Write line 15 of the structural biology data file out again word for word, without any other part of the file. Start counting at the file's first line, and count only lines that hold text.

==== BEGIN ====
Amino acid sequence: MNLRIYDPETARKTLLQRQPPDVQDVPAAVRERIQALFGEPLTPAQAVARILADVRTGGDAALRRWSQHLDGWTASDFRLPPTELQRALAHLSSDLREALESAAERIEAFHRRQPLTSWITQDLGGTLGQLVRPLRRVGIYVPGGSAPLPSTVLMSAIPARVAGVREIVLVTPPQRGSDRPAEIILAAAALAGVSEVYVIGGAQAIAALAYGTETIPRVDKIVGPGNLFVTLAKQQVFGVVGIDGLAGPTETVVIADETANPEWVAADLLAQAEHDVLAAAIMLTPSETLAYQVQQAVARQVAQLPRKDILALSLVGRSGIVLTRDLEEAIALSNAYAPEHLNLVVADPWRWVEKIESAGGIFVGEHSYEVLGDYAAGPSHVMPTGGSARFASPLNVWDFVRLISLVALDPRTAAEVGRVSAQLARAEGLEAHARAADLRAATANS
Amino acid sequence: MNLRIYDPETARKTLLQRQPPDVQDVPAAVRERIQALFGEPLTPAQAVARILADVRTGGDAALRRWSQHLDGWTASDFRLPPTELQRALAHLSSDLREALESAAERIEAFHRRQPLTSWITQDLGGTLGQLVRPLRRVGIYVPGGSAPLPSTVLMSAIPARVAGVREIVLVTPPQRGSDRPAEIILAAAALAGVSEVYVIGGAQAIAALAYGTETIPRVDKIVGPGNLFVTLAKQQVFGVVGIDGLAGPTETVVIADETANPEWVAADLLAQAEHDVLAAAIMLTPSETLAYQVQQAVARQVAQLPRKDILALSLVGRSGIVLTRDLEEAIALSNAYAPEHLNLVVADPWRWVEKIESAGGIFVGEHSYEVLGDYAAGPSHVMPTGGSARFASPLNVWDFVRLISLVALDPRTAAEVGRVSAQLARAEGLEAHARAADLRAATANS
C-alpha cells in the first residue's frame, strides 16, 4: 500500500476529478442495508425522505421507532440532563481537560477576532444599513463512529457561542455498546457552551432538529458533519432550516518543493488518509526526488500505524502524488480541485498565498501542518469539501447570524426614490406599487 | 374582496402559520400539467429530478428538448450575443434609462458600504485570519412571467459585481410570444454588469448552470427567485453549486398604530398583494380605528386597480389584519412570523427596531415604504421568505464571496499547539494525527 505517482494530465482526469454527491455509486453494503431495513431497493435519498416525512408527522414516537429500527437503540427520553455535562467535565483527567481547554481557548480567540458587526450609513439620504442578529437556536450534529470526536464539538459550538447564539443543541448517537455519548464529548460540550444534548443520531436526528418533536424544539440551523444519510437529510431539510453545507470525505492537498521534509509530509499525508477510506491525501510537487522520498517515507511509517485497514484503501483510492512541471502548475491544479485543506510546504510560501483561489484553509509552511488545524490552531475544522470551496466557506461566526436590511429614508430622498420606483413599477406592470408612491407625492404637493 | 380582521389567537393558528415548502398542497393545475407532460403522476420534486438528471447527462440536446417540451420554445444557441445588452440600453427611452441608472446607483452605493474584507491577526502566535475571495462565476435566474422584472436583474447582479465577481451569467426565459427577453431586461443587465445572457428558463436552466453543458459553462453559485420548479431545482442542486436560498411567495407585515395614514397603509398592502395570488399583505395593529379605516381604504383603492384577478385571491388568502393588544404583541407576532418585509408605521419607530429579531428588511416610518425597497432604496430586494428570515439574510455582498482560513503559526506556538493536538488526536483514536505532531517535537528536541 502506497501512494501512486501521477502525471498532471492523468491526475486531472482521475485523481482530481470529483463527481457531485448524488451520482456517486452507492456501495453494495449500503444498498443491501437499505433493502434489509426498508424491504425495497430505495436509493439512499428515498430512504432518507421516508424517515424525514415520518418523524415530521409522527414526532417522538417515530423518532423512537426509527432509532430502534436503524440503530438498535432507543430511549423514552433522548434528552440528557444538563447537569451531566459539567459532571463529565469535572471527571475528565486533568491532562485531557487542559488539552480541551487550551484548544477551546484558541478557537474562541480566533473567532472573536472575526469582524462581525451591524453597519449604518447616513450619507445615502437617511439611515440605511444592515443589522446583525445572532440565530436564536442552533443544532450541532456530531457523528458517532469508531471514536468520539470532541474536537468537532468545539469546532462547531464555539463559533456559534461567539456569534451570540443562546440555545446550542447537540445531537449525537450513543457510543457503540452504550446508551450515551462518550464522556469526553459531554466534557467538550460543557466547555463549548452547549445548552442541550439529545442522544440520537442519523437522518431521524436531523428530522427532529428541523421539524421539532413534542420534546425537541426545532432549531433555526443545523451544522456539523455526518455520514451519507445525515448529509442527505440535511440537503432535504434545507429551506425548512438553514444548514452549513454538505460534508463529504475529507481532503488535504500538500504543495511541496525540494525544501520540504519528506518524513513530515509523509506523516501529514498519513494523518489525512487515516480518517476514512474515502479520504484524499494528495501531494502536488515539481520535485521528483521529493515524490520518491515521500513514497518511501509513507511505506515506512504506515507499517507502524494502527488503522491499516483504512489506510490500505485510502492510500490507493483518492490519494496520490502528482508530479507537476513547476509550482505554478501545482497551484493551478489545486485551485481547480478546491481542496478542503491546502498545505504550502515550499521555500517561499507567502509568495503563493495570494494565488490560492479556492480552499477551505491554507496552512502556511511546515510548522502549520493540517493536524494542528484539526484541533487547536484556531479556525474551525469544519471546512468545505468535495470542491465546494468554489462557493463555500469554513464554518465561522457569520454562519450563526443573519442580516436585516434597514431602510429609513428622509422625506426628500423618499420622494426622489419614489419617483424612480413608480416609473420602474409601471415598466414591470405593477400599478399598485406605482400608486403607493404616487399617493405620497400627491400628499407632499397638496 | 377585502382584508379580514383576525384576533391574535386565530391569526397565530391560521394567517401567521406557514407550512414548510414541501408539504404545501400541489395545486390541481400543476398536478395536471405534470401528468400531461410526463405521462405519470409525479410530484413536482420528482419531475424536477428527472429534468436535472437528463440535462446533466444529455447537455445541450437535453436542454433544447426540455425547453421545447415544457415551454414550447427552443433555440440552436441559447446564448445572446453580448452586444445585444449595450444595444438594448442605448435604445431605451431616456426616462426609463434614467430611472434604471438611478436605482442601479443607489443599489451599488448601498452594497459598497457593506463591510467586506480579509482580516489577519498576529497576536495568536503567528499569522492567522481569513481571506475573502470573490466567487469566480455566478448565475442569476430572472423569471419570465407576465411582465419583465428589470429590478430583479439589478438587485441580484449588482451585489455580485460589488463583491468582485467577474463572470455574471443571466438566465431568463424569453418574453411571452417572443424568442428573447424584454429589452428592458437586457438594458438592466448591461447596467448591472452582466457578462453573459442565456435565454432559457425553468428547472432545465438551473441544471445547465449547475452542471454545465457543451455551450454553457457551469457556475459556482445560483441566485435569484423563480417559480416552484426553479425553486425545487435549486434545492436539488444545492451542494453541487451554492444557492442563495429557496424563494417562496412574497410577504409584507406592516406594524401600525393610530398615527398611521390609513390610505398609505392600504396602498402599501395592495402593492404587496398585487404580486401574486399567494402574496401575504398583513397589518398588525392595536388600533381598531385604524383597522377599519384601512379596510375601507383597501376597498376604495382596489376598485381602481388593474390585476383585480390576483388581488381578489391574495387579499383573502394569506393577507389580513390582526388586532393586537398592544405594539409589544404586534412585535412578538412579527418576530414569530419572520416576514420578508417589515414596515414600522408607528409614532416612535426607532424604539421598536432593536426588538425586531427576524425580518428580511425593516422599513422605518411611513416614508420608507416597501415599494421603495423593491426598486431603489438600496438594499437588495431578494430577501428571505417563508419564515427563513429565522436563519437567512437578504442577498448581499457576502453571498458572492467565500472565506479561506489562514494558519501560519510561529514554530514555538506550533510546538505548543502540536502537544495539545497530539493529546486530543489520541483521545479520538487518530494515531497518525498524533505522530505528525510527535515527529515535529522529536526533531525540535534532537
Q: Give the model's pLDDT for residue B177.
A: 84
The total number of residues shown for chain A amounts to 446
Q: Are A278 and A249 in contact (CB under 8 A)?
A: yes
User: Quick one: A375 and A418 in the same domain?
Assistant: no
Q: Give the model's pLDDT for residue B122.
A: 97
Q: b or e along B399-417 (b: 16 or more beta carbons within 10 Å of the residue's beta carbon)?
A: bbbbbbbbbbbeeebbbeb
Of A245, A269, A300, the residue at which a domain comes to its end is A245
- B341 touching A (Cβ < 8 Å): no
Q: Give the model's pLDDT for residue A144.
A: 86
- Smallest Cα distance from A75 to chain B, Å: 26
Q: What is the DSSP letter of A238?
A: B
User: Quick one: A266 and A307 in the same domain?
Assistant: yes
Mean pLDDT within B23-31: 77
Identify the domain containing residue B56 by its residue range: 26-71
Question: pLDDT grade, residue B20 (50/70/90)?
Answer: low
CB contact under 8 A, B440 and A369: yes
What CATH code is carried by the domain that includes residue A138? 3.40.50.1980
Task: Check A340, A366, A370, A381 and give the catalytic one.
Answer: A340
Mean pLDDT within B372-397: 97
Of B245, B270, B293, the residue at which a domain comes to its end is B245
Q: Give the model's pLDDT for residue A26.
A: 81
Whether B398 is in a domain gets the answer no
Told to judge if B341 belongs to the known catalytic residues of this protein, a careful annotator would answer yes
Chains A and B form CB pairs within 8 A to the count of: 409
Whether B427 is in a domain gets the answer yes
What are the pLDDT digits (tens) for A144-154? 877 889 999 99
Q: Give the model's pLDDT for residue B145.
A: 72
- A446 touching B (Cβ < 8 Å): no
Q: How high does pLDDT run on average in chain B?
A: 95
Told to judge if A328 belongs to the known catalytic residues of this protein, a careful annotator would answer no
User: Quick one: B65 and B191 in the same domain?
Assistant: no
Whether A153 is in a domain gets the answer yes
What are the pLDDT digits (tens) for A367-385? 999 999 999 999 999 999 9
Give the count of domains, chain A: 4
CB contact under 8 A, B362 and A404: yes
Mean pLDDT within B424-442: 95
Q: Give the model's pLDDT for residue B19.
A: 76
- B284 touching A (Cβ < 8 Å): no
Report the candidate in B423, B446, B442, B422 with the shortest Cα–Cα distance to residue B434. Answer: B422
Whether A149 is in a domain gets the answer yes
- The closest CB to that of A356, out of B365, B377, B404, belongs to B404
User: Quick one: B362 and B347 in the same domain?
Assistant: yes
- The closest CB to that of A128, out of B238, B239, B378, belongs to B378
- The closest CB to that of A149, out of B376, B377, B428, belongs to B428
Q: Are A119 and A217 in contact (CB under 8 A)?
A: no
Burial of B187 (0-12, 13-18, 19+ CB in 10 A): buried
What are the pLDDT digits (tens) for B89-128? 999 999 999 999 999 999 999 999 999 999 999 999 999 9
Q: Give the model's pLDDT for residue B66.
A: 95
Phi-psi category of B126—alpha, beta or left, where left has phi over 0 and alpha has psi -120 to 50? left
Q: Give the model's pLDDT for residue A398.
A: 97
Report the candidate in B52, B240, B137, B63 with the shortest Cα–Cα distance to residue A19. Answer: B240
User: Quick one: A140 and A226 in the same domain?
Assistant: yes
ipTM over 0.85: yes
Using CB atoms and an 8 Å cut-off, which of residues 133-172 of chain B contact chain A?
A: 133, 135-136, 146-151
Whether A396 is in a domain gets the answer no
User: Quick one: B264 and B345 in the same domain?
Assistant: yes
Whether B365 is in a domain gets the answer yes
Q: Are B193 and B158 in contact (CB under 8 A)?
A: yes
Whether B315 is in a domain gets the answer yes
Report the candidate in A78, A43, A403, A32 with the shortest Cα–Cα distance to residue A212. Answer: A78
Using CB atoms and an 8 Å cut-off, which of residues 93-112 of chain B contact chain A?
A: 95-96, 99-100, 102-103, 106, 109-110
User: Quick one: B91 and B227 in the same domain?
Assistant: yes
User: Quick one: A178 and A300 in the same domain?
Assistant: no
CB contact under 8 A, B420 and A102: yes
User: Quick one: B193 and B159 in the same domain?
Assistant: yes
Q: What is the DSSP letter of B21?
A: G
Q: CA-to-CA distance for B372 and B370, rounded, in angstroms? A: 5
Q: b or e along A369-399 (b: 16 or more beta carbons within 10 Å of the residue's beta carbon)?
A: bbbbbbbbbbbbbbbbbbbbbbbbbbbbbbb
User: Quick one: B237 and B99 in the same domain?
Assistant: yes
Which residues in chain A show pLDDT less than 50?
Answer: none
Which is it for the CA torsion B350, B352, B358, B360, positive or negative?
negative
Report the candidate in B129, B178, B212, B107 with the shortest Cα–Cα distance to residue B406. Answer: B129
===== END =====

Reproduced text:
Of A245, A269, A300, the residue at which a domain comes to its end is A245